Synthetic already has a leg up over down in terms of weather resistance, but couple that with a highly water-repellent face fabric and hefty DWR coating, and you get an insulated jacket that can truly hold its own against the elements. The Patagonia DAS Parka earns a spot in our top five for this reason, and it’s been a favorite among the winter climbers on our staff in particular. Its Pertex Quantum Pro fabric is what keeps the wet at bay, and the 133-gram PrimaLoft insulation (with lighter 40g in the core) makes the DAS one of the most insulated jackets on this list (which is impressive given its 1 lb. 3.6 oz. weight). In fact, the DAS Parka is so warm that you won’t want to keep it on during any sort of movement, but it’s an ideal choice for cold belays, breaks while skiing, and other low-output activities.

It’s worth noting that we previously had Patagonia’s less insulated DAS Light Hoody ranked here, which used lighter PlumaFill insulation (65g) for added versatility in mild conditions. The DAS Light has been temporarily discontinued pending an update this fall, and we look forward to testing the latest version when it becomes available (note: At the time of publishing, there are still a few sizes in stock, all of which are discounted considerably). While considerably warmer, the DAS Parka is no slouch: Although thin, the 10-denier shell is surprisingly abrasion-resistant and has held up very well to wear and tear, and the parka is impressively cozy and protective for its weight. It’s a steep investment at $449, but for the right uses—think drippy alpine belays and blustery backcountry transitions—the DAS Parka is a true standout… Read in-depth review (women's version)
See the Men's Patagonia DAS Parka  See the Women's Patagonia DAS Parka


Best Ultralight/Packable Synthetic Jacket

5. Patagonia Micro Puff Hoody ($329)

Patagonia Micro Puff HoodyWeight: 10.5 oz.
Insulation: PlumaFill (65g)
What we like: Impressive warmth for the weight.
What we don’t: Not as weather-resistant as the DAS Parka above.

Few synthetic jackets, if any, have received the hoopla of the Micro Puff from Patagonia. As many brands have attempted, the jacket’s PlumaFill insulation tries its best to mimic the loftiness and warmth of down. Patagonia has done an excellent job here, and the Micro Puff lives up to its billing: It’s warm, light at just over 10 ounces, and compresses quite small for a synthetic, which makes it a nice companion for space-conscious activities like multi-pitch climbing and backcountry skiing. And with the most recent update, the jacket now features a more durable NetPlus shell (made with recycled fishing nets) and a longer, slightly trimmer fit that slides well under a hardshell.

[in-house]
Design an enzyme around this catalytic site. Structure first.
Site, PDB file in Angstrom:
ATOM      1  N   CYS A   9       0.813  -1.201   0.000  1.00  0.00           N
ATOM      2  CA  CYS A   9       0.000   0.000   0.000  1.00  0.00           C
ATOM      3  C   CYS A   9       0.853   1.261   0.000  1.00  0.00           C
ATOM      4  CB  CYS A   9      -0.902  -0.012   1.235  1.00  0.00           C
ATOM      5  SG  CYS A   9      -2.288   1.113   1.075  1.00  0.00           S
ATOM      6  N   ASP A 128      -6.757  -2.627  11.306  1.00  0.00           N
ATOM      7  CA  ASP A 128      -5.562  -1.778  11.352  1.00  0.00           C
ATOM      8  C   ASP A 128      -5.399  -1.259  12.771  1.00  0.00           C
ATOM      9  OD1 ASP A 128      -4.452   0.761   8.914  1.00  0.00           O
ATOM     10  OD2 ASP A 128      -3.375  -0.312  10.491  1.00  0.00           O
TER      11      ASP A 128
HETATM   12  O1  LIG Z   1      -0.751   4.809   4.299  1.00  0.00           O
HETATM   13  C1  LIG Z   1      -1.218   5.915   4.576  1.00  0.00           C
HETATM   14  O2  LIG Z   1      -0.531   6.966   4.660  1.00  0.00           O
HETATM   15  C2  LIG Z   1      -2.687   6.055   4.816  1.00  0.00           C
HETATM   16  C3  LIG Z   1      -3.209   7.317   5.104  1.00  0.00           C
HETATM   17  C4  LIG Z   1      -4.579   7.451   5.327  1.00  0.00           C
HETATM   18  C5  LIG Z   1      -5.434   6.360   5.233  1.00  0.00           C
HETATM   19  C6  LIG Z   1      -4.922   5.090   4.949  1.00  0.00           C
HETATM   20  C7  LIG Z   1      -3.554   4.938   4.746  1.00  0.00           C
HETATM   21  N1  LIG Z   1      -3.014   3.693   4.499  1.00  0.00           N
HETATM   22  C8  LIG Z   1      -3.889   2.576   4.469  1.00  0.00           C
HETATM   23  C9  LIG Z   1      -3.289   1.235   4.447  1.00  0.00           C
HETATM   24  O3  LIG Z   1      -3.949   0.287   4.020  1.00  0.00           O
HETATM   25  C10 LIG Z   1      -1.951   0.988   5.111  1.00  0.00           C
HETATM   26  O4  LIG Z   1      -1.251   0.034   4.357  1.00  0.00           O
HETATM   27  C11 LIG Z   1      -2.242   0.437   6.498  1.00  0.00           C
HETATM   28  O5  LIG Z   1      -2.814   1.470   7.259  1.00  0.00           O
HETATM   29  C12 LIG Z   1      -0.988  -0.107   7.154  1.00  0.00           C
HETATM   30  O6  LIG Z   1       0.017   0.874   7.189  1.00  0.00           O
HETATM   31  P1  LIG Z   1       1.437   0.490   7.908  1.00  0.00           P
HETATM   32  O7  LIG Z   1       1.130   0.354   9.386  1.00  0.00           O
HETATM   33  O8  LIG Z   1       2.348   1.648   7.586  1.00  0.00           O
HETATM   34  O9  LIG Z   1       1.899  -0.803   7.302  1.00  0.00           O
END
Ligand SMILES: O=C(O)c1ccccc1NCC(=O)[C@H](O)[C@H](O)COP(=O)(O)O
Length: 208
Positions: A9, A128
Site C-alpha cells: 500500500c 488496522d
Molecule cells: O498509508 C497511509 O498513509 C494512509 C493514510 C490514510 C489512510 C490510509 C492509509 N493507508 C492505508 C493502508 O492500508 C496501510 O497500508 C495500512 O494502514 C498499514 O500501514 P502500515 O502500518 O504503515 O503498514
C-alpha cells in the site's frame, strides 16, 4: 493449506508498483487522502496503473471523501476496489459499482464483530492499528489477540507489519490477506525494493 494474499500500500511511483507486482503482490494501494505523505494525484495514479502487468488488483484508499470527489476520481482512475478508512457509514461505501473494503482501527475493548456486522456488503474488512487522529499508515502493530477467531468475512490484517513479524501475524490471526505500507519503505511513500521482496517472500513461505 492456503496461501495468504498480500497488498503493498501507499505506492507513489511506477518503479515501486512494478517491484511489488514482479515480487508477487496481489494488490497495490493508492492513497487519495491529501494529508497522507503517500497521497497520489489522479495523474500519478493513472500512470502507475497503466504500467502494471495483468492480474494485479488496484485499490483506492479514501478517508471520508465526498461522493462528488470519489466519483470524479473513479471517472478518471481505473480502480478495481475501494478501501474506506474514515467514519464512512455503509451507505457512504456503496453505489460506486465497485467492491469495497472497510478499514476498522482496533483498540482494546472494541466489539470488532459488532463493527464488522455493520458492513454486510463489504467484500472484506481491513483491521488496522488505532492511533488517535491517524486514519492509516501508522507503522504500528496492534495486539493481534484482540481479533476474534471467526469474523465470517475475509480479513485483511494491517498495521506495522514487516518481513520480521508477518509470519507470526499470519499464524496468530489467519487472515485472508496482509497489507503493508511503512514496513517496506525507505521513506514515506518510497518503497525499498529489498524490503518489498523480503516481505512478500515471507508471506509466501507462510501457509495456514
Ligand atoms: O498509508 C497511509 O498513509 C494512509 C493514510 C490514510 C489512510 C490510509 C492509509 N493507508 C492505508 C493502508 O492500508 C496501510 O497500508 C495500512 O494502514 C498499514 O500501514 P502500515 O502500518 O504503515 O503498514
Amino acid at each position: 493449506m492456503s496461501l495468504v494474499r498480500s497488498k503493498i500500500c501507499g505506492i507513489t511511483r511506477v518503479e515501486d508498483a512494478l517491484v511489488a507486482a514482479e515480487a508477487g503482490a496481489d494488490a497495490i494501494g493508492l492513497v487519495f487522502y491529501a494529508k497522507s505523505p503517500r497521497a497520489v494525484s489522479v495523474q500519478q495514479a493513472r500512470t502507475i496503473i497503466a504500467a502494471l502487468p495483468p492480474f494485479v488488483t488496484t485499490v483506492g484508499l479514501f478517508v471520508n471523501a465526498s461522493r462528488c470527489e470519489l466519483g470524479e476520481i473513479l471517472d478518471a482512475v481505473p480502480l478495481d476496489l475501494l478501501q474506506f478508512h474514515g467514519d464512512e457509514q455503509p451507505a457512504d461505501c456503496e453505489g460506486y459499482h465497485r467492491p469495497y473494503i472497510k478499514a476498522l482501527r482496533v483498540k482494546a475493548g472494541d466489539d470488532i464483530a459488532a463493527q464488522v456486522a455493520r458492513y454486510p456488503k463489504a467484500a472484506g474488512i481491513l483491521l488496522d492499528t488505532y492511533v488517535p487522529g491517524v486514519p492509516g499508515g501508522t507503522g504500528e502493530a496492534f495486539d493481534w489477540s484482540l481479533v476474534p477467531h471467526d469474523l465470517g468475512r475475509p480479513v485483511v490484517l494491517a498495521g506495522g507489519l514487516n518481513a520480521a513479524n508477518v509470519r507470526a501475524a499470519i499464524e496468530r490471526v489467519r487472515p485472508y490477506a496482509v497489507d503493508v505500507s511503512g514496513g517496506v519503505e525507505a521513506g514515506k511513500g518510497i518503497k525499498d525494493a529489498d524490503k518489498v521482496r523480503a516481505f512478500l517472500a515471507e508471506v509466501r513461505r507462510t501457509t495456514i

The Micro Puff bears a lot of similarities to Patagonia’s DAS Light mentioned above, which is currently on its way out but expected to return this fall. Both jackets are stuffed with 65-gram PlumaFill insulation, feature 10-denier shells, and are highly packable. But the two pieces have quite different uses in our arsenal: While we love the DAS Light as an outer layer, the Micro Puff is the better midlayer thanks to its trimmer fit and increased breathability (it lacks the DAS Light’s Pertex Quantum shell). It also comes in a non-hooded version ($279), which can be great when pairing the jacket with a hooded hardshell or rain jacket. On the other hand, the DAS Light is the more versatile design, with a more accommodating fit, weather-resistant shell, two-way zipper, and helmet-compatible hood. But for those prioritizing weight savings above all else, the Micro Puff can’t be beat… Read in-depth review (women's version)
See the Men's Patagonia Micro Puff  ​See the Women's Patagonia Micro Puff